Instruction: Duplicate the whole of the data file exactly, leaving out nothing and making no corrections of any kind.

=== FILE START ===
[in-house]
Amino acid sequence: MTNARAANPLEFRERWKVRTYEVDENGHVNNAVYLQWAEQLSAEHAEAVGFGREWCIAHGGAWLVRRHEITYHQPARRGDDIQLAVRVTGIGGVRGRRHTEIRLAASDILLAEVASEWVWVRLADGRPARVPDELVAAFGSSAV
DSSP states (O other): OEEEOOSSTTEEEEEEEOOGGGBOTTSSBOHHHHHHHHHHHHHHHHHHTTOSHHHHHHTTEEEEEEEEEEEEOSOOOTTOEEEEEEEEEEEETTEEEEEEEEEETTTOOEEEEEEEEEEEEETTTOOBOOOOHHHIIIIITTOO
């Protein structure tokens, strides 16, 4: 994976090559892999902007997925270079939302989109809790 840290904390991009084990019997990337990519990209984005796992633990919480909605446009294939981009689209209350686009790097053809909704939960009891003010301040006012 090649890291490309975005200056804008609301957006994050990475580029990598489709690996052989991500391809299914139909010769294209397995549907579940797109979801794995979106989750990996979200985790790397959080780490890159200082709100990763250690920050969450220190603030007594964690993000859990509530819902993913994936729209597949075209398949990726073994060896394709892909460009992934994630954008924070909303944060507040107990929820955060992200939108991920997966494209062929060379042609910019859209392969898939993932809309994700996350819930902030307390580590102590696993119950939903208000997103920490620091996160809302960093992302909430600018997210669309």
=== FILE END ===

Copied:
[in-house]
Amino acid sequence: MTNARAANPLEFRERWKVRTYEVDENGHVNNAVYLQWAEQLSAEHAEAVGFGREWCIAHGGAWLVRRHEITYHQPARRGDDIQLAVRVTGIGGVRGRRHTEIRLAASDILLAEVASEWVWVRLADGRPARVPDELVAAFGSSAV
DSSP states (O other): OEEEOOSSTTEEEEEEEOOGGGBOTTSSBOHHHHHHHHHHHHHHHHHHTTOSHHHHHHTTEEEEEEEEEEEEOSOOOTTOEEEEEEEEEEEETTEEEEEEEEEETTTOOEEEEEEEEEEEEETTTOOBOOOOHHHIIIIITTOO
């Protein structure tokens, strides 16, 4: 994976090559892999902007997925270079939302989109809790 840290904390991009084990019997990337990519990209984005796992633990919480909605446009294939981009689209209350686009790097053809909704939960009891003010301040006012 090649890291490309975005200056804008609301957006994050990475580029990598489709690996052989991500391809299914139909010769294209397995549907579940797109979801794995979106989750990996979200985790790397959080780490890159200082709100990763250690920050969450220190603030007594964690993000859990509530819902993913994936729209597949075209398949990726073994060896394709892909460009992934994630954008924070909303944060507040107990929820955060992200939108991920997966494209062929060379042609910019859209392969898939993932809309994700996350819930902030307390580590102590696993119950939903208000997103920490620091996160809302960093992302909430600018997210669309």